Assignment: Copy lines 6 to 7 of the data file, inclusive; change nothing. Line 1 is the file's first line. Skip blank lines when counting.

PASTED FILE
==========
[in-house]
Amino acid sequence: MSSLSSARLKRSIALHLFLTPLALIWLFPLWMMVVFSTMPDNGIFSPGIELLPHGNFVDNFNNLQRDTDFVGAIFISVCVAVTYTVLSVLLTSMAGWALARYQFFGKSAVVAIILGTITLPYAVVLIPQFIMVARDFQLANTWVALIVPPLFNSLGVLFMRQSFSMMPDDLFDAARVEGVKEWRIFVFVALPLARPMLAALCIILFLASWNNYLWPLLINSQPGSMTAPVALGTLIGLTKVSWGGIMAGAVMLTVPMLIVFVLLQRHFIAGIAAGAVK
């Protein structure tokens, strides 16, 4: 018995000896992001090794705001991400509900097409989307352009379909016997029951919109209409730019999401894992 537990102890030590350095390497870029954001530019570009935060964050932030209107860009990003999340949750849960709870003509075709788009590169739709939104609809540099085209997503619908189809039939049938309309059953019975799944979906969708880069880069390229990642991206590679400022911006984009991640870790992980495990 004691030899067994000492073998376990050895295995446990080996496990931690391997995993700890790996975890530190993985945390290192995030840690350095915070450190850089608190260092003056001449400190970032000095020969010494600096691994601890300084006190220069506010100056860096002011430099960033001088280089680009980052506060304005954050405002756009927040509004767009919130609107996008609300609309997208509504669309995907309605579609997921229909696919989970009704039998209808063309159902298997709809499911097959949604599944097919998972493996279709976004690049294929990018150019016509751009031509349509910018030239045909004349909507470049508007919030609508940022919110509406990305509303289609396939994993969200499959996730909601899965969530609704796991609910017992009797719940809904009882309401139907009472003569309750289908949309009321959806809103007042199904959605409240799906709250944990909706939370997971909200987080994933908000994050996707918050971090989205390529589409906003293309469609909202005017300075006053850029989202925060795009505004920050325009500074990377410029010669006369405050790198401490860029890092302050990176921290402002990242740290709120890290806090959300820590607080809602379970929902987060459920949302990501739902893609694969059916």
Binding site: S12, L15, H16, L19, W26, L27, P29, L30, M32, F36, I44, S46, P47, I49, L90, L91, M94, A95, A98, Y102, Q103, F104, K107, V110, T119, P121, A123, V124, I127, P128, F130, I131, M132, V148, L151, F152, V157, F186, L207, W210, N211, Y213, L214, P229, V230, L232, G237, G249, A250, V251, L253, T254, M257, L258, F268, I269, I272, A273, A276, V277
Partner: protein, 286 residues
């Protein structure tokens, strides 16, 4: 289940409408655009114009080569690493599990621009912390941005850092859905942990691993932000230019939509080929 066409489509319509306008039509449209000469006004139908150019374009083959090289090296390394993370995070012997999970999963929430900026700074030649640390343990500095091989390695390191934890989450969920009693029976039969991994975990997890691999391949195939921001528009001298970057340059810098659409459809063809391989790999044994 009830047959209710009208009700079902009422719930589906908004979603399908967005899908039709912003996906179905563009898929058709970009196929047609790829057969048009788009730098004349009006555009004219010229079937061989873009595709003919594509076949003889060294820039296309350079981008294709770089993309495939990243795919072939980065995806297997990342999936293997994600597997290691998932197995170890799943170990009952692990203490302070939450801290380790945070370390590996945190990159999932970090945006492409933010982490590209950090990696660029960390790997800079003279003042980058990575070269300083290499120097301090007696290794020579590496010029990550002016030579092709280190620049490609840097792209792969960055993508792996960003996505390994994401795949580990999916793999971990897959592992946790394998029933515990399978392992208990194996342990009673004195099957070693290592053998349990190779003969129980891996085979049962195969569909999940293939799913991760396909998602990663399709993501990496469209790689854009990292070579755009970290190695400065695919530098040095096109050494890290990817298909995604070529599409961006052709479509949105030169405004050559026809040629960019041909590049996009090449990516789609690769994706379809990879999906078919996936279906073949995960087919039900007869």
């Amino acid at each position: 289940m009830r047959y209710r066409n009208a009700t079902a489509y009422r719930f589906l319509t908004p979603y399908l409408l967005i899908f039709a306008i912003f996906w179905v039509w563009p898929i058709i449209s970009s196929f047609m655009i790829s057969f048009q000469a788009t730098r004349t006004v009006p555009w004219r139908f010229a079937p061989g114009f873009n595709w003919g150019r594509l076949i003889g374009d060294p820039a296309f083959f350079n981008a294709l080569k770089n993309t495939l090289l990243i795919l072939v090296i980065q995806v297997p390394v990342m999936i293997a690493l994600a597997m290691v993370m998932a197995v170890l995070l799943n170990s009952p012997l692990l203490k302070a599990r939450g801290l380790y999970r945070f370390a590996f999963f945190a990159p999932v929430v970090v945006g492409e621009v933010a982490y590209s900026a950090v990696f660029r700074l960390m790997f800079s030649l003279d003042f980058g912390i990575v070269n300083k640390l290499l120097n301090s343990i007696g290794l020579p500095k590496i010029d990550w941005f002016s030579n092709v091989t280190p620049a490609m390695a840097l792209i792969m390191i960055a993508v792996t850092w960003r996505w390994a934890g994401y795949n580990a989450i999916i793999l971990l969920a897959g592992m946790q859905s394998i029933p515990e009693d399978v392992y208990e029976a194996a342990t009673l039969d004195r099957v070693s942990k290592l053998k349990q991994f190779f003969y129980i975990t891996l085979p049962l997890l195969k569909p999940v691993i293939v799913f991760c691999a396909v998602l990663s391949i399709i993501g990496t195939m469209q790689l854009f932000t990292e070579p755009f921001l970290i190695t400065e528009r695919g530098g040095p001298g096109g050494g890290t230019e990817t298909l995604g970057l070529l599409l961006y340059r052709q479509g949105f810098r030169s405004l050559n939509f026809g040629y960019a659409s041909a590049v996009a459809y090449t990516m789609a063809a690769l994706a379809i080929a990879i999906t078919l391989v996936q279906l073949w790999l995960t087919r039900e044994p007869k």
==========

């Protein structure tokens, strides 16, 4: 289940409408655009114009080569690493599990621009912390941005850092859905942990691993932000230019939509080929 066409489509319509306008039509449209000469006004139908150019374009083959090289090296390394993370995070012997999970999963929430900026700074030649640390343990500095091989390695390191934890989450969920009693029976039969991994975990997890691999391949195939921001528009001298970057340059810098659409459809063809391989790999044994 009830047959209710009208009700079902009422719930589906908004979603399908967005899908039709912003996906179905563009898929058709970009196929047609790829057969048009788009730098004349009006555009004219010229079937061989873009595709003919594509076949003889060294820039296309350079981008294709770089993309495939990243795919072939980065995806297997990342999936293997994600597997290691998932197995170890799943170990009952692990203490302070939450801290380790945070370390590996945190990159999932970090945006492409933010982490590209950090990696660029960390790997800079003279003042980058990575070269300083290499120097301090007696290794020579590496010029990550002016030579092709280190620049490609840097792209792969960055993508792996960003996505390994994401795949580990999916793999971990897959592992946790394998029933515990399978392992208990194996342990009673004195099957070693290592053998349990190779003969129980891996085979049962195969569909999940293939799913991760396909998602990663399709993501990496469209790689854009990292070579755009970290190695400065695919530098040095096109050494890290990817298909995604070529599409961006052709479509949105030169405004050559026809040629960019041909590049996009090449990516789609690769994706379809990879999906078919996936279906073949995960087919039900007869």
């Amino acid at each position: 289940m009830r047959y209710r066409n009208a009700t079902a489509y009422r719930f589906l319509t908004p979603y399908l409408l967005i899908f039709a306008i912003f996906w179905v039509w563009p898929i058709i449209s970009s196929f047609m655009i790829s057969f048009q000469a788009t730098r004349t006004v009006p555009w004219r139908f010229a079937p061989g114009f873009n595709w003919g150019r594509l076949i003889g374009d060294p820039a296309f083959f350079n981008a294709l080569k770089n993309t495939l090289l990243i795919l072939v090296i980065q995806v297997p390394v990342m999936i293997a690493l994600a597997m290691v993370m998932a197995v170890l995070l799943n170990s009952p012997l692990l203490k302070a599990r939450g801290l380790y999970r945070f370390a590996f999963f945190a990159p999932v929430v970090v945006g492409e621009v933010a982490y590209s900026a950090v990696f660029r700074l960390m790997f800079s030649l003279d003042f980058g912390i990575v070269n300083k640390l290499l120097n301090s343990i007696g290794l020579p500095k590496i010029d990550w941005f002016s030579n092709v091989t280190p620049a490609m390695a840097l792209i792969m390191i960055a993508v792996t850092w960003r996505w390994a934890g994401y795949n580990a989450i999916i793999l971990l969920a897959g592992m946790q859905s394998i029933p515990e009693d399978v392992y208990e029976a194996a342990t009673l039969d004195r099957v070693s942990k290592l053998k349990q991994f190779f003969y129980i975990t891996l085979p049962l997890l195969k569909p999940v691993i293939v799913f991760c691999a396909v998602l990663s391949i399709i993501g990496t195939m469209q790689l854009f932000t990292e070579p755009f921001l970290i190695t400065e528009r695919g530098g040095p001298g096109g050494g890290t230019e990817t298909l995604g970057l070529l599409l961006y340059r052709q479509g949105f810098r030169s405004l050559n939509f026809g040629y960019a659409s041909a590049v996009a459809y090449t990516m789609a063809a690769l994706a379809i080929a990879i999906t078919l391989v996936q279906l073949w790999l995960t087919r039900e044994p007869k």